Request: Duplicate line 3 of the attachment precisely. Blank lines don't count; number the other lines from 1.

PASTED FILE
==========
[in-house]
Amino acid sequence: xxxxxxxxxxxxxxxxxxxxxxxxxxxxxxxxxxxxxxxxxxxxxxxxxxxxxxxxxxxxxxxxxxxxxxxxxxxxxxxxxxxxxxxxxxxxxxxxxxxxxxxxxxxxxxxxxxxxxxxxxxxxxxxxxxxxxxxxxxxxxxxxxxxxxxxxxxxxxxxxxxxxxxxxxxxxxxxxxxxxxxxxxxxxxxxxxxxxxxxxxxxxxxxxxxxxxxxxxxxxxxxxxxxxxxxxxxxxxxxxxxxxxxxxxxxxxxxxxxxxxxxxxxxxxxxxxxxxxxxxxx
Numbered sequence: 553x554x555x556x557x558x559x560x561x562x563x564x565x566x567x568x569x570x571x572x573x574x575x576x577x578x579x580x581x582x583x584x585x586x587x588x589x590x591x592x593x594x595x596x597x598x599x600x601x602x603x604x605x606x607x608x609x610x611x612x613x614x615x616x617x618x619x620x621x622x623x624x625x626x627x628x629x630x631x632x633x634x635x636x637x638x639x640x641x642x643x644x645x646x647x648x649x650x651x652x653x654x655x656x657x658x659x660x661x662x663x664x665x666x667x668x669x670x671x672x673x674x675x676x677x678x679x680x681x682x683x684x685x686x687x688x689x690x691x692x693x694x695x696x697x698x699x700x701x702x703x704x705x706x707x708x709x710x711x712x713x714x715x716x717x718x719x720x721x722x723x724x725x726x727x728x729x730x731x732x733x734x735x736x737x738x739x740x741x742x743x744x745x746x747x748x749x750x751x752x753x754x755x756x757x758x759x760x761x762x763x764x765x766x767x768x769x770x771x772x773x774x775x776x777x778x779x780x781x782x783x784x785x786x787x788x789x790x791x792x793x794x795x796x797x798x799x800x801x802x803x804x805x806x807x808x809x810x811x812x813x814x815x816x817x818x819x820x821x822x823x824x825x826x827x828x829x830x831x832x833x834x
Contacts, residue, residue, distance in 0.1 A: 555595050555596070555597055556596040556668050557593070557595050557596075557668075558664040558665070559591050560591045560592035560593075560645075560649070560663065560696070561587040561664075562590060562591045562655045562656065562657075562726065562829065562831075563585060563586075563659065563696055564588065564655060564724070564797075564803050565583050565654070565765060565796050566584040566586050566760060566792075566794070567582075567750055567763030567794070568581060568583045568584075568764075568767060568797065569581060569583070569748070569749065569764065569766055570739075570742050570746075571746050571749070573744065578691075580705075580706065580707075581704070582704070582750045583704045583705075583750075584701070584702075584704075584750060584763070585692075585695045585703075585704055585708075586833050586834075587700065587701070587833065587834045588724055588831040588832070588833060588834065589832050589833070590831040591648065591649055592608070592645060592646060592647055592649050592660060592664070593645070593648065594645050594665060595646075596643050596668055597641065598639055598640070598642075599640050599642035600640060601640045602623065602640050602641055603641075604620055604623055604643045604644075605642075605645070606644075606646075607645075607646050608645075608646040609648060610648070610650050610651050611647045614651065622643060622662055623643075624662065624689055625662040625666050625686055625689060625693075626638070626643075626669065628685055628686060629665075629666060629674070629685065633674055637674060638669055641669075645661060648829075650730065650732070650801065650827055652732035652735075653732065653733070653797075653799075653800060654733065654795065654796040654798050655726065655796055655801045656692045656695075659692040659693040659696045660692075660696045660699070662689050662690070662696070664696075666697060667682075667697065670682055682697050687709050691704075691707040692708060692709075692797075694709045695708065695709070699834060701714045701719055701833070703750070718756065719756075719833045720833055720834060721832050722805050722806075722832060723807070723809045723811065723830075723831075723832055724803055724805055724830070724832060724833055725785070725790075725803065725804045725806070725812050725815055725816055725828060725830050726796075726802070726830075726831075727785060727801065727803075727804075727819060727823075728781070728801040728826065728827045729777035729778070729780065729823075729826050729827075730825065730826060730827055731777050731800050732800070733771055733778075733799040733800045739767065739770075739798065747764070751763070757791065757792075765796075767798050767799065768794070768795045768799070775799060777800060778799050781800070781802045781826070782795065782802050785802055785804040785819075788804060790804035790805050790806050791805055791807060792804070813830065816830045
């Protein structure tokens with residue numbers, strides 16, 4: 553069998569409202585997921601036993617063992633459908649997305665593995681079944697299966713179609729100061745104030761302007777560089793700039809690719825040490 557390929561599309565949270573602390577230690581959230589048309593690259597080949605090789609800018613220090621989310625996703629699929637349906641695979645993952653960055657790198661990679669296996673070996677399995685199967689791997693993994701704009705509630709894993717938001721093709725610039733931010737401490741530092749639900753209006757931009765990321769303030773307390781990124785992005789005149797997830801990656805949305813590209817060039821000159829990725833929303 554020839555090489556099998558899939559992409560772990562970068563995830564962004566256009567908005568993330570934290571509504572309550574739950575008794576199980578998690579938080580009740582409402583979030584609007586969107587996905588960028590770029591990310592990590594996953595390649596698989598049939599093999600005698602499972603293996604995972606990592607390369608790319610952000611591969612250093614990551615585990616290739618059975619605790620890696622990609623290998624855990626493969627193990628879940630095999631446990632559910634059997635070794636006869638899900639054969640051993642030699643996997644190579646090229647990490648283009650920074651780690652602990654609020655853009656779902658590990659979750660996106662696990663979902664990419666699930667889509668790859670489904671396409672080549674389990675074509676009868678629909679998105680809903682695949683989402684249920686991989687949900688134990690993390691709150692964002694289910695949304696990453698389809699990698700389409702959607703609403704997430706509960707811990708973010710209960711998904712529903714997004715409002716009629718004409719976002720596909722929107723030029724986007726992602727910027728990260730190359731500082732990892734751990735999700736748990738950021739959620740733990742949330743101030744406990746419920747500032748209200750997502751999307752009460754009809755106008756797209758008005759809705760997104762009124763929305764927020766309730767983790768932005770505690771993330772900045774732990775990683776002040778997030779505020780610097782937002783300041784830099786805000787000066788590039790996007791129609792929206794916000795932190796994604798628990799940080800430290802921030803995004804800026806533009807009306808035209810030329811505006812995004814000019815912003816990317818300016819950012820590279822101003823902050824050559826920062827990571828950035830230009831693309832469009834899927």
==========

Numbered sequence: 553x554x555x556x557x558x559x560x561x562x563x564x565x566x567x568x569x570x571x572x573x574x575x576x577x578x579x580x581x582x583x584x585x586x587x588x589x590x591x592x593x594x595x596x597x598x599x600x601x602x603x604x605x606x607x608x609x610x611x612x613x614x615x616x617x618x619x620x621x622x623x624x625x626x627x628x629x630x631x632x633x634x635x636x637x638x639x640x641x642x643x644x645x646x647x648x649x650x651x652x653x654x655x656x657x658x659x660x661x662x663x664x665x666x667x668x669x670x671x672x673x674x675x676x677x678x679x680x681x682x683x684x685x686x687x688x689x690x691x692x693x694x695x696x697x698x699x700x701x702x703x704x705x706x707x708x709x710x711x712x713x714x715x716x717x718x719x720x721x722x723x724x725x726x727x728x729x730x731x732x733x734x735x736x737x738x739x740x741x742x743x744x745x746x747x748x749x750x751x752x753x754x755x756x757x758x759x760x761x762x763x764x765x766x767x768x769x770x771x772x773x774x775x776x777x778x779x780x781x782x783x784x785x786x787x788x789x790x791x792x793x794x795x796x797x798x799x800x801x802x803x804x805x806x807x808x809x810x811x812x813x814x815x816x817x818x819x820x821x822x823x824x825x826x827x828x829x830x831x832x833x834x